There is a lesson for libertarians there. Freedom is not simply  the absence of state control. It is also freedom from  the  tyranny of  those who are  powerful without the support of the state,   whether that be as a group or an individual,  That raises the problem of how libertarians are to create a society which minimises  both state intervention and non-state social control.  Clearly both cannot be realised so that there has to be a trade off between the two. If this is not done, all  the realisation of libertarian non-statist aspirations will achieve is the rapid creation of a plutocracy, a form of society which is antithetical to libertarian ends because it would reinforce and  enlarge the natural tendency within societies to

The honest answer to the question posed by the competition’s essay title is simple:  it cannot be meaningfully answered because there is no such thing as a perfect adherent to libertarian or conservative ideology  or an objectively certain  definition of Libertarian or Conservative. The same applies to any  other political ideology.  That being so it makes no sense to argue whether a libertarian can also be a Conservative even if a conservative is defined as  it has been  defined politically for the past few centuries.

What can be said is that most people who sail under the Conservative flag today  share much with libertarians, at least in their theoretical policy positions. They favour  a minimum of state interference in most aspects of  national life, the main areas of policy where this does not apply being policing and penal policy. Such people  are supporters of laissez faire economics,  although they often oppose completely free movement of labour.  They are for low tax.  They  support the idea of the family, something which a libertarian should support because the family is a bulwark against the state. They favour strong defence, something acceptable at least to libertarians who are not absolutists.  They support private healthcare and  private schools and ideally would wish universities to be independent of government.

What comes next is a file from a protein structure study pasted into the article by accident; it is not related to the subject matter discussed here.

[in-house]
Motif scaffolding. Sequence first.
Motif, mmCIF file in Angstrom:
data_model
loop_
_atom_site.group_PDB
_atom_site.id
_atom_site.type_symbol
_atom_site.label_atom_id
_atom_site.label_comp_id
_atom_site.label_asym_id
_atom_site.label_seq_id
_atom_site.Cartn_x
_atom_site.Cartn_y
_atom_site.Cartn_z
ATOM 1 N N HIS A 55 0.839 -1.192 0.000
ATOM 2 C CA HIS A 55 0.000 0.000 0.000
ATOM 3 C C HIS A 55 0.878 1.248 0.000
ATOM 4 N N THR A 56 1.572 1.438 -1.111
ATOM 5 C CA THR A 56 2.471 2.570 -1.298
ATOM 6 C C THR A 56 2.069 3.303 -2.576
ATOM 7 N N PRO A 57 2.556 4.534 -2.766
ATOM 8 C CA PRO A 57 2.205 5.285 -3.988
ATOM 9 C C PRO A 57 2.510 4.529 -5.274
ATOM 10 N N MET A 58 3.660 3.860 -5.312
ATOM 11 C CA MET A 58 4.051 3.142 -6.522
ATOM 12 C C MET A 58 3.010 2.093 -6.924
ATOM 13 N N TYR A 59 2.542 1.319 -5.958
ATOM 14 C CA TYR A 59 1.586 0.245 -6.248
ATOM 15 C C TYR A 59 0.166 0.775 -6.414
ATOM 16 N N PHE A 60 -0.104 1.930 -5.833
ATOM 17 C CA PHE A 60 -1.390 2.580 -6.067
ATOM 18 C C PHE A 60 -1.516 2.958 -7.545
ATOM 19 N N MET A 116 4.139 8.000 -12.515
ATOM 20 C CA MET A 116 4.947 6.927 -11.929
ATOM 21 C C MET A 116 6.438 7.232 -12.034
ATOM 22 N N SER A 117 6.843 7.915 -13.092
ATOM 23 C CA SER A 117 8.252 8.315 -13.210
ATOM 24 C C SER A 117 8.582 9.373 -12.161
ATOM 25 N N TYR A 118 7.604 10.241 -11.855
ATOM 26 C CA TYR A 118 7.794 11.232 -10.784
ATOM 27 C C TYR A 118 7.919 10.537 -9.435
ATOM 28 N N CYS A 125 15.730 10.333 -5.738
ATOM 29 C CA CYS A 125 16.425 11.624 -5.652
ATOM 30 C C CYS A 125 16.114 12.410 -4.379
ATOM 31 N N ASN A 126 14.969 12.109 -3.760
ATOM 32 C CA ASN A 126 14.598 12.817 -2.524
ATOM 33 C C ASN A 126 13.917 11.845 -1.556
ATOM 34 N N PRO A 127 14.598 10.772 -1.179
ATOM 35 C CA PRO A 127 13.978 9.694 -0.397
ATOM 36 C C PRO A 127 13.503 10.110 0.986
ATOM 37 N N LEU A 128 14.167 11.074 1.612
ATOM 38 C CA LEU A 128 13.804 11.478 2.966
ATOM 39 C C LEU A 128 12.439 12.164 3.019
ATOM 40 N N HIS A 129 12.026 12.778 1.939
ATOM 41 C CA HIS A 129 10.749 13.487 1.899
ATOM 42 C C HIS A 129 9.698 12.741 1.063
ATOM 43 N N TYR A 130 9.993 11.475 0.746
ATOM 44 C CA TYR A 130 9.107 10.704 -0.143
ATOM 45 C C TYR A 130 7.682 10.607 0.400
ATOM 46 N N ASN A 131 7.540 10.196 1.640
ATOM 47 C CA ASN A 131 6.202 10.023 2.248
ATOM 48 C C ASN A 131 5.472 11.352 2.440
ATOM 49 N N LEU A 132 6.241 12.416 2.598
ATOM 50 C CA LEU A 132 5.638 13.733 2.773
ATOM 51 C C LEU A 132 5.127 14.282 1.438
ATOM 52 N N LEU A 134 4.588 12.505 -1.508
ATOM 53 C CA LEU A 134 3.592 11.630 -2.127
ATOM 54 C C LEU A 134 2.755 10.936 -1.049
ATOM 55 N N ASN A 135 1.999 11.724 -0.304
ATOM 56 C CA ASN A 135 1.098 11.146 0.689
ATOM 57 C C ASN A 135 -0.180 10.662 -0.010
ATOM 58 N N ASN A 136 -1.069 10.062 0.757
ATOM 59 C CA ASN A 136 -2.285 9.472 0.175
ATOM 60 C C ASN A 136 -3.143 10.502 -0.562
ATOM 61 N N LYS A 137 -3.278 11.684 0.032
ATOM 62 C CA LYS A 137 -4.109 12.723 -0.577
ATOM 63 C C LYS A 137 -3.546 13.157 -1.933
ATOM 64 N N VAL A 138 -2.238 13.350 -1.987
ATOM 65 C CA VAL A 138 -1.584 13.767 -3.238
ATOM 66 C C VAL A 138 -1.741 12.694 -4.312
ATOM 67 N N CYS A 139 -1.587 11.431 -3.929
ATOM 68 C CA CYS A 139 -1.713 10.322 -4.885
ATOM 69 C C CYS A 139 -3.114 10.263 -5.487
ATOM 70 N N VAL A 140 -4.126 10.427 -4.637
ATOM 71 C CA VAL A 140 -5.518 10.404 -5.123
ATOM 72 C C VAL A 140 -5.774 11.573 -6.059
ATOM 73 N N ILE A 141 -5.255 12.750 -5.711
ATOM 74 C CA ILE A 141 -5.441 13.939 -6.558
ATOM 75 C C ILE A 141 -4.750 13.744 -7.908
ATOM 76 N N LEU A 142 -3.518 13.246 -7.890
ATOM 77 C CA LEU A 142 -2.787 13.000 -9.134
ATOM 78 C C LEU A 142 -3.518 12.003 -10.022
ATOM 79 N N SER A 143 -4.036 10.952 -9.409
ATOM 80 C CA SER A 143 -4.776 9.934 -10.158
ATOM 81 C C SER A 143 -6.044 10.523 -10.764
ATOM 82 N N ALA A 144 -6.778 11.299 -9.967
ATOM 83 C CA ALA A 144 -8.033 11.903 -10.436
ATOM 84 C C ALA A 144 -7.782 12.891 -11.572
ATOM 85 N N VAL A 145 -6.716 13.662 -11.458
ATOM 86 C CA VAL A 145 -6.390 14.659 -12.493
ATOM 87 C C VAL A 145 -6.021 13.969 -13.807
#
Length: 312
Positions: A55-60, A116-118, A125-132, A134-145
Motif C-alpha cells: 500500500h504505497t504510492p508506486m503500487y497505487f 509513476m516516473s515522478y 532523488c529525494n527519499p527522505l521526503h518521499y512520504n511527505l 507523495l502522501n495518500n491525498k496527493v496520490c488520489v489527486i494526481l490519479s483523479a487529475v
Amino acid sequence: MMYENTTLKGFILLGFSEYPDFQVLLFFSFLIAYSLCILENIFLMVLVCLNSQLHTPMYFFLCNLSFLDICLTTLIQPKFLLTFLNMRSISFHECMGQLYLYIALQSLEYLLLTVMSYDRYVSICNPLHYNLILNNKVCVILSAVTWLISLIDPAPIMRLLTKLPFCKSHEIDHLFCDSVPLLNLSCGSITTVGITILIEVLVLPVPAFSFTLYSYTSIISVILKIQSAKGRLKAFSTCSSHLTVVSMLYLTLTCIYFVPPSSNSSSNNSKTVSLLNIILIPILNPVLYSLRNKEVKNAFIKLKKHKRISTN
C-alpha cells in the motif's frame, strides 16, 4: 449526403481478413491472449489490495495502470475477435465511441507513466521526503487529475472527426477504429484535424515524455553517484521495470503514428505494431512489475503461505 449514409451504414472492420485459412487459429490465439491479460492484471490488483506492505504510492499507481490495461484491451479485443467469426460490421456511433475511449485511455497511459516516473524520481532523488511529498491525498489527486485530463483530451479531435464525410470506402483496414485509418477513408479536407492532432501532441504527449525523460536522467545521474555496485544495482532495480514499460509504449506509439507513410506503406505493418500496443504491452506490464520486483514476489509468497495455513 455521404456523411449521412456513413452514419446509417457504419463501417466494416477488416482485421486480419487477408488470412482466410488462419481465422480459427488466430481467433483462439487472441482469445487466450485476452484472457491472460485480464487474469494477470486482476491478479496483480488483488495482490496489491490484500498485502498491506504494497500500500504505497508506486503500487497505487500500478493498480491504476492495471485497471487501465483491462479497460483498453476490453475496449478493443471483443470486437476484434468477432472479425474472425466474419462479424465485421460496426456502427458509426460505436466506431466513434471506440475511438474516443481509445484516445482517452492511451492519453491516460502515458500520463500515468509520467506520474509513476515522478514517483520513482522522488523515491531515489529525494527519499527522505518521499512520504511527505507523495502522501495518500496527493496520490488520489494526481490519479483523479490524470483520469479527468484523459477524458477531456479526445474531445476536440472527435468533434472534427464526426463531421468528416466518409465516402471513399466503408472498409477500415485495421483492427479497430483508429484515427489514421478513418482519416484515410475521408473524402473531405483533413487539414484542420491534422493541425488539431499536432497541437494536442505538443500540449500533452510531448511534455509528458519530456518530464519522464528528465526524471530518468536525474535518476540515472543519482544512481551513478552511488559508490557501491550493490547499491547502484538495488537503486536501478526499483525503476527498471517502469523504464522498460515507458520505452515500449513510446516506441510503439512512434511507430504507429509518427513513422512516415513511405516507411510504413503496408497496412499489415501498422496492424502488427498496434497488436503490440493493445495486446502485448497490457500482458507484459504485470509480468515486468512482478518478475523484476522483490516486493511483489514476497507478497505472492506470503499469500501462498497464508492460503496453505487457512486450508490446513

A  card-carrying Libertarian could not be a card carrying political Conservative in any of the words’ historical or present senses. What he can be today is someone who embraces those aspects of  modern political conservatism  which accord with or at the least come nearest to meeting libertarian desires.  In theory at least, there are plenty of those.

But there is more hope for most libertarians than merely making do with aspects of conservatism,  for as pointed out above  few who call themselves libertarians are thorough going believers. They, like every other person, can  choose political ideas which are deemed to be politically incompatible  according to a particular creed or the  traditional  Left-Right political classifications.

Political ideas at bottom are simply conveniences  which human beings accept or reject insofar as they find them useful and congenial. Logical necessity extrapolated from an ideology counts for nothing.  For example, the more extreme believers in laissez faire economics build a theoretical construct which insists that free trade must logically include free movement of labour. The logical necessity exists only within their man made and self-conscious ideology, and is irrelevant  to real life  because it is self-evidently possible to operate a political policy of free trade in goods and services while preventing mass immigration.

There is no shame in  ideological eclecticism, merely an acknowledgment of  the impracticality or impracticality of political ideas and a recognition that  all ideologies are inadequate descriptions of reality and contain contradictions.  Political ends should be aspirations  towards the ideal.